Now I Lay Me Down

I just received another invitation from the National Cremation Society. They seem to be reaching out monthly. They must know something I don’t. Perhaps it’s the actuarial table for men over sixty who were born and raised in New York City.

Diet is so Important

A few years back, I rubbed shoulders with an oncologist from MD Anderson. We talked about the benefits of eating organic. He made it clear that for someone my age, it was too late. I was already filled with harmful chemicals from a lifetime of processed foods. Thank you Hostess, Swanson and Sara Lee. At least now I don’t have to feel guilty about not shopping at Whole Foods.

Prescriptions

At last check, I take no medications. My Dad didn’t either and bragged about it for years. Then at 78, he developed a degenerative disease. So much for his good health. But I did have a male grandparent that lived independently into his 90s. He never held an emotion back. He yelled as easily as he cried. He exhausted us all.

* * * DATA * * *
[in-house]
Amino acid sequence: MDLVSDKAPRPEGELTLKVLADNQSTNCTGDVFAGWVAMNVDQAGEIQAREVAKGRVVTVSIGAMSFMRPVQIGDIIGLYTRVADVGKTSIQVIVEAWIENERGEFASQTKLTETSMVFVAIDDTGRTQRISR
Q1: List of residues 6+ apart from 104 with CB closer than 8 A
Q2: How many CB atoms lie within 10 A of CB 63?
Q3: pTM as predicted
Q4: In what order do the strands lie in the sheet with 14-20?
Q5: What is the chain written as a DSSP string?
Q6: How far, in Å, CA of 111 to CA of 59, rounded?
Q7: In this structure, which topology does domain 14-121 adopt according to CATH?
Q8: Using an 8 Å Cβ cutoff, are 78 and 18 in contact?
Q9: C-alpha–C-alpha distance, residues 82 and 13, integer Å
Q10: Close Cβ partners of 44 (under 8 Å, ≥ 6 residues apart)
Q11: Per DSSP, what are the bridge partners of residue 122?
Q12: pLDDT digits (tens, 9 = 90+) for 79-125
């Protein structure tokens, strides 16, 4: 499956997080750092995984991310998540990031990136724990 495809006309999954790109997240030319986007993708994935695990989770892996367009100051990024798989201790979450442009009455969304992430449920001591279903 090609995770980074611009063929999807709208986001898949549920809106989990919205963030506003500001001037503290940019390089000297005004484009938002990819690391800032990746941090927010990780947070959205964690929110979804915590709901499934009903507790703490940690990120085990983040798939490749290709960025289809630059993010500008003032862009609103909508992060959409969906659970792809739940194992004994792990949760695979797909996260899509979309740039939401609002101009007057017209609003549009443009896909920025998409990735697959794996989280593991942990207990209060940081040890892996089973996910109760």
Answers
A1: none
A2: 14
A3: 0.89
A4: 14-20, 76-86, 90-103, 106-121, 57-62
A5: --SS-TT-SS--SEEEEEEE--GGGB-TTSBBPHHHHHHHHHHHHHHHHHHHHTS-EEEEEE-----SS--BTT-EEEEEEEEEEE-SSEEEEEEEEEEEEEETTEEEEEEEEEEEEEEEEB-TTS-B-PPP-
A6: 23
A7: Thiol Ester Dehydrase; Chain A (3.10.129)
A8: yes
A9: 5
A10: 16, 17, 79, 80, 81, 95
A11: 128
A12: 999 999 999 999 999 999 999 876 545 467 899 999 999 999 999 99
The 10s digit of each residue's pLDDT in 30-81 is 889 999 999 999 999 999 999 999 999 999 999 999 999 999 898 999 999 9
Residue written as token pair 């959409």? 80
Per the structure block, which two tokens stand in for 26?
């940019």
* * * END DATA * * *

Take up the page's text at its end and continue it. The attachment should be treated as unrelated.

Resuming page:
To Be or Not to Be   

In our house, we’ve discussed whether to be buried or cremated. Jeff wants to be environmentally friendly. He got the idea from living in the Bay Area. I own a plot. And since I come from a dramatic family, the whole event has been planned out in my mind. Someone will sit in the front row, bawling hysterically, and at a key point in the eulogy will cry out, “it should have been me.”

Trust me. You won’t want to miss it.

Burn Baby Burn

In my opinion, dying is sad enough without tossing what remains into the fire. Like the final scene of Citizen Kane where they discover the real meaning of Kane’s last word—rosebud. No thank you. And even though I’m not a fan of a deep, dark hole in the ground—I understand it’s sanitary. Hey, I didn’t earn a B.A. in Biology for nothing.

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